Parts of Breast[edit | edit source]

Acini, Lobules and Lobes of Breast
Acini, Lobules and Lobes of Breast

Nipple – Nipple is a small projection of breast present in the 4th intercoastal space. It allows suckling of milk upon stimulation. Nipples lack sweat glands, adipose tissues, and hair follicles.

Sulcus – The skin fold at the rising edge and intersection of nipple.

Areola – It is the dark pigmented area surrounding the nipple on the surface of breast, rich in modified sweat glands. As of nipple, it is also lack adipose tissue and hair follicles.

Montgomery glands – The modified sweat glands representing an intermediate stage between sweat and true mammary glands. It secretes a lubricating substance which act during breast feeding.

Montgomery glands are modified sweat glands that which has a function to lubricate breast during breastfeeding.

Lobes and ducts – Each breast have a mammary gland containing 15-20 lobes and a lactiferous duct drains each out of them, which expands a little forming the lactiferous sinuses which opens into the nipple. Milk is stored in lactiferous duct and sucked out through nipples.

Muscles and ligaments – The breast itself do not contain any muscles but it has suspensory ligaments called Cooper’s ligaments that supports the breast by connecting it to outer skin and inner fascial tissue. It has the major role of keeping the breast in shape.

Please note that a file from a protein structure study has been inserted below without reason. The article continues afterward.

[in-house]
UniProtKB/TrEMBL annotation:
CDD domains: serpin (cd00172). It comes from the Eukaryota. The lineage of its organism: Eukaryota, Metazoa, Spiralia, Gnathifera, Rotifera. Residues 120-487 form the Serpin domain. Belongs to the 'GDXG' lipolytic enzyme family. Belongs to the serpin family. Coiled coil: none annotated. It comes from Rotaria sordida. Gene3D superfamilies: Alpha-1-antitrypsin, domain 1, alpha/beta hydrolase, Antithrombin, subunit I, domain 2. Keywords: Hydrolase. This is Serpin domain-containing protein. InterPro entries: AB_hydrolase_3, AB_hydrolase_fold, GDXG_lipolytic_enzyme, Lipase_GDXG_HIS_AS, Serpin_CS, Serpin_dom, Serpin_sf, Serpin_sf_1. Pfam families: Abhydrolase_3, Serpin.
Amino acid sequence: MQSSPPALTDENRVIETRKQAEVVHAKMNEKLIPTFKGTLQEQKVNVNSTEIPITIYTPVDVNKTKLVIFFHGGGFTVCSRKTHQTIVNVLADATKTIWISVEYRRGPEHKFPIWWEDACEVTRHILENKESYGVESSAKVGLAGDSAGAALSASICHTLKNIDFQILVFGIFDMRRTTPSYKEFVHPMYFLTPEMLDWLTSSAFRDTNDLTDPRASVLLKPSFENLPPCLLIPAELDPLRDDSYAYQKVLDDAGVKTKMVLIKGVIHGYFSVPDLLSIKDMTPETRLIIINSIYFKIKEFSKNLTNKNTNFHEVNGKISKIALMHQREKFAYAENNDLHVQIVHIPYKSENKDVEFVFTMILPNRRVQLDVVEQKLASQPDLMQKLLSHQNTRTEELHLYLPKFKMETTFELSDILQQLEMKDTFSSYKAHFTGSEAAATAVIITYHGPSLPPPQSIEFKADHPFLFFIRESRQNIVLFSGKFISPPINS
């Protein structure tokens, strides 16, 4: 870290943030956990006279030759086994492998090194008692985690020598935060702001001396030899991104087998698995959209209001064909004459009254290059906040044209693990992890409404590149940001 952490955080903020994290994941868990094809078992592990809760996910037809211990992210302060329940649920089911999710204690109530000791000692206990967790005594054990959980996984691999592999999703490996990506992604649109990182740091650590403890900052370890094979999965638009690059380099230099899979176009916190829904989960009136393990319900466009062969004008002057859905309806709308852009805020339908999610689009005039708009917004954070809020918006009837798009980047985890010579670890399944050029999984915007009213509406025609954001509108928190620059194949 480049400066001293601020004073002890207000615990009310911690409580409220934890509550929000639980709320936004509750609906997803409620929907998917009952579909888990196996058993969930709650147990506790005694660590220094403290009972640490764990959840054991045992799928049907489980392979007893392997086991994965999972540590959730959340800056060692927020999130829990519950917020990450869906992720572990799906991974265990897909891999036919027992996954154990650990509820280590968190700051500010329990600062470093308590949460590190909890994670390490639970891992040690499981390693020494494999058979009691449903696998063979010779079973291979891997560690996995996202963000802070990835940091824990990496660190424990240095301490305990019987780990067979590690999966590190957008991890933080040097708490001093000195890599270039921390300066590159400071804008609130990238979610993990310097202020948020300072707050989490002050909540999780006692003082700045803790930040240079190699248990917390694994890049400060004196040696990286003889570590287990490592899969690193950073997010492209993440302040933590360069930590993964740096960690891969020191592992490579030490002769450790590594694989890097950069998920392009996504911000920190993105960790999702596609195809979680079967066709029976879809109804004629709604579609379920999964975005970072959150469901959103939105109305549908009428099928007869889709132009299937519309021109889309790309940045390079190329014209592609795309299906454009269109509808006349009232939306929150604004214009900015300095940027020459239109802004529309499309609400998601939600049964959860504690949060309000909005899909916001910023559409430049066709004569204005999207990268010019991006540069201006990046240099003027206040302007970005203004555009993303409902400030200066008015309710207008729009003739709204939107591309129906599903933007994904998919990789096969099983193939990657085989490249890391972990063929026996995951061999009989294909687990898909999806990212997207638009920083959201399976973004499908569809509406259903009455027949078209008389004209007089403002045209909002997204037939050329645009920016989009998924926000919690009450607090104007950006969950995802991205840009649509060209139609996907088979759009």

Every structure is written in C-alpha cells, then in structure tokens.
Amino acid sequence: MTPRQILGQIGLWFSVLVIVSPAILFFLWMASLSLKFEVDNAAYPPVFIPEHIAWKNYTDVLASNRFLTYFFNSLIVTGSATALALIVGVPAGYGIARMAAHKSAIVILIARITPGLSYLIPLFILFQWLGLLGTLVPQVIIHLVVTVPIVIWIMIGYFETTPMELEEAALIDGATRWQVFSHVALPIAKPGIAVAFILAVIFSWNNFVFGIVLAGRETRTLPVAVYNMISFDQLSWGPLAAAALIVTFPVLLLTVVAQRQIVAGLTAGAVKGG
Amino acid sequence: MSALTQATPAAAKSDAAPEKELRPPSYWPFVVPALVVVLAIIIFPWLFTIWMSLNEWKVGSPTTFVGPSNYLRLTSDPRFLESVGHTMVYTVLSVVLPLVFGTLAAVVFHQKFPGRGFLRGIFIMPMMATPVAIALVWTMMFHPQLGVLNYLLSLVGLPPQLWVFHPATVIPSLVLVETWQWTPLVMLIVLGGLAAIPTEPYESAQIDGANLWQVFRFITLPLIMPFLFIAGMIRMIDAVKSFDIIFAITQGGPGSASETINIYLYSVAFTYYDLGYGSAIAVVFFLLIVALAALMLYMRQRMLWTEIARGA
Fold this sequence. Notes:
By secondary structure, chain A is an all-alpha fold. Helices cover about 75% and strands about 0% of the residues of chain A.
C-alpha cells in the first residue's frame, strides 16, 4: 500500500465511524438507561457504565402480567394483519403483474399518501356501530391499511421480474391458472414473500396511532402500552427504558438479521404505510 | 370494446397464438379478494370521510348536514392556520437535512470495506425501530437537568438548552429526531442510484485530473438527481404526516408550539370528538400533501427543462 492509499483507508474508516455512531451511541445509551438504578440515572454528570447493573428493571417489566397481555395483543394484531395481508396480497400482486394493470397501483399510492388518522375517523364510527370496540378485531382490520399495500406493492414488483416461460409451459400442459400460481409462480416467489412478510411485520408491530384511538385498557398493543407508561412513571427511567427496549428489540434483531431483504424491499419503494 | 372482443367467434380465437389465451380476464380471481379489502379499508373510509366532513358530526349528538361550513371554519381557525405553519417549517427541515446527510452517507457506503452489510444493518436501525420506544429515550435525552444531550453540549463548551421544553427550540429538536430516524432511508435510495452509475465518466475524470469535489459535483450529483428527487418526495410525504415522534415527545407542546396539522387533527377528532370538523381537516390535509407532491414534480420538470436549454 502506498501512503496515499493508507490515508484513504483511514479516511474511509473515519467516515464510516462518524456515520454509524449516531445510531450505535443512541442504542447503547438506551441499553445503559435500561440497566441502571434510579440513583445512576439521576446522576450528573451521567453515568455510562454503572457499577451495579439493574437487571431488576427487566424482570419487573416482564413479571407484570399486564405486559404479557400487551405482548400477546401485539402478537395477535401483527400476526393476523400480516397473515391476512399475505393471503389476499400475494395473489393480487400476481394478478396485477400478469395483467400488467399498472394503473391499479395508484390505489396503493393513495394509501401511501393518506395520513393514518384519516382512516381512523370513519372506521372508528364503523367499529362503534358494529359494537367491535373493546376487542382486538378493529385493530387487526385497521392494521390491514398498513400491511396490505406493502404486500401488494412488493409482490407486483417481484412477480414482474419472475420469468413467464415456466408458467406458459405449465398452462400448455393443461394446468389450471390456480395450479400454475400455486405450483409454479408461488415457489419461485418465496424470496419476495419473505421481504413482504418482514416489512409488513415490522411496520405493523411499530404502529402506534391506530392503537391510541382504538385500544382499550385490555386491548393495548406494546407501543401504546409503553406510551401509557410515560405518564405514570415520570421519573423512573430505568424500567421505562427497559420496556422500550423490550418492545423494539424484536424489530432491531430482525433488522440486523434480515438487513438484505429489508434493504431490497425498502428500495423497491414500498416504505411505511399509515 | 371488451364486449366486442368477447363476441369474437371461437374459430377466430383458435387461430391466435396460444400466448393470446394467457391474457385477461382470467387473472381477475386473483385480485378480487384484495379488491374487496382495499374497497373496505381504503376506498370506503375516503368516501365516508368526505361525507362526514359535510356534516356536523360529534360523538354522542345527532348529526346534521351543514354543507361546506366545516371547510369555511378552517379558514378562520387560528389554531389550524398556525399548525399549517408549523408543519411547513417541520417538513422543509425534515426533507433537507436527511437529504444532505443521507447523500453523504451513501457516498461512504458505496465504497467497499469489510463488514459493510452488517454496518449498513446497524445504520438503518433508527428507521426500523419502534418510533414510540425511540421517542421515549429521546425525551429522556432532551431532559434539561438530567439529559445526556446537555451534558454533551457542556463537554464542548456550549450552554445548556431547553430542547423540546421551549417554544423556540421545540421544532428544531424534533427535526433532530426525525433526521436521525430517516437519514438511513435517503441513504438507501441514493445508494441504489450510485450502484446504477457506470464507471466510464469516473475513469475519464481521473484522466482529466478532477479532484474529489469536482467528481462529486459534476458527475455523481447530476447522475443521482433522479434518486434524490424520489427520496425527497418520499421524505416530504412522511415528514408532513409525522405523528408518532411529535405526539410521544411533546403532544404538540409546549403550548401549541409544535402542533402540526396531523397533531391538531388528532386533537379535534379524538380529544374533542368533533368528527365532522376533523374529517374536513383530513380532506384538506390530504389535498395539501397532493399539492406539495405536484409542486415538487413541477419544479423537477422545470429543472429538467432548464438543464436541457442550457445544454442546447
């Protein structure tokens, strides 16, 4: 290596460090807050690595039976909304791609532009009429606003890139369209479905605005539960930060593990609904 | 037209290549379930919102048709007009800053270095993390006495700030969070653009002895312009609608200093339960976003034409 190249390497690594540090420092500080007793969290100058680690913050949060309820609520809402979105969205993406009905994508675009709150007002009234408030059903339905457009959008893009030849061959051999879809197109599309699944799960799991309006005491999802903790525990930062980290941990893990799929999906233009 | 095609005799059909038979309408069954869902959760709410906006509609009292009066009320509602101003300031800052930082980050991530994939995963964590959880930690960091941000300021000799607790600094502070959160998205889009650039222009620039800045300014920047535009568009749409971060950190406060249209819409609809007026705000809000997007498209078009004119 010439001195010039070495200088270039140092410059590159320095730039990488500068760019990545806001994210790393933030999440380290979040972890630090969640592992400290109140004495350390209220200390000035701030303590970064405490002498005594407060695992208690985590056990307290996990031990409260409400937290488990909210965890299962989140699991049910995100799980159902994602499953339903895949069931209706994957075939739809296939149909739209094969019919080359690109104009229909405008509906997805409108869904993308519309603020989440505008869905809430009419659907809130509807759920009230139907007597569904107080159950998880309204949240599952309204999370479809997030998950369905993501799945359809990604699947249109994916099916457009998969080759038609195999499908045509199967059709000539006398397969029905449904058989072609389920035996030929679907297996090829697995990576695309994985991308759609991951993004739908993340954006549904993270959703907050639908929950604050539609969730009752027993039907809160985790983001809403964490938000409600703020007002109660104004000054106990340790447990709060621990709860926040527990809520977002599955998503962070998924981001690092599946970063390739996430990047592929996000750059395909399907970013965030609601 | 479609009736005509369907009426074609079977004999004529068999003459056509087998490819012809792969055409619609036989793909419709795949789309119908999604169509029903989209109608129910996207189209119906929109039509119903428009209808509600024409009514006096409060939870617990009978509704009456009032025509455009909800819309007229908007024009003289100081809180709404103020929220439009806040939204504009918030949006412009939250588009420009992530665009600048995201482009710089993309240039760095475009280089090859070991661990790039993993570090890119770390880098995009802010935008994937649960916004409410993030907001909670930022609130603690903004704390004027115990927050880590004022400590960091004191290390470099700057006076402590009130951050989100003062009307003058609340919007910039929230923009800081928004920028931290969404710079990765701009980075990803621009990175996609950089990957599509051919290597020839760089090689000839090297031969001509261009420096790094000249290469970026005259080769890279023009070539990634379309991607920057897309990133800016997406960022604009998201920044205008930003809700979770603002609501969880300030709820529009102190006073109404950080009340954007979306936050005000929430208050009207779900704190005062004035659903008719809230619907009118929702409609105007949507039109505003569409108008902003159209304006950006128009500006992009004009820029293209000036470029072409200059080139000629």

Fatty stroma –The mammary glands are filled with high amount of adipose tissue but at the same time the nipple and areola are devoid of it. (3)

Functions of Breast[edit | edit source]

Milk production and secretion – The primary and most important function of the breast is to secrete milk, which helps in the breastfeeding of infants.

Maintaining body posture – Though the weight of the breast is not much but still it plays a role in deciding the posture. When a woman stands upright the mass of her breasts generates a flexion torque about her thoracic spine due to the action of gravity. This flexion torque results in a change of posture over time and restricts the movement of the vertebral column and upper limbs in women having large breasts. These women more frequently complain about the torso and musculoskeletal pain and show more kyphosis and decreased shoulder motion and scapular retractor endurance strength. (4)

Maintaining body symmetry – The size of the breast is negatively linked to the total asymmetry of the body indicating that the larger the breast more symmetry it possesses.

Respiratory infection – Breasts play an important function in respiratory infection i.e., the bigger the breasts are the more frequent chances of infections it has.

Inter-female rivalry – Breasts among women are seen as interfemale rivalry organs particularly for individuals unreliably signaling their high quality.

Attracting sexual partners – Bigger breasts are more attractive to men while at the same time women with sagging breasts are found to be unattractive to men.

Physical activeness – Weight, and unsteadiness which raises various forms of pains become a limiting factor for women with large breasts to take active participation in vigorous-intensity physical activities. (5)

Embryology of Breast[edit | edit source]

4th week of gestation – Mammary ridge or the milk line starts developing on the ventral surface of the human embryo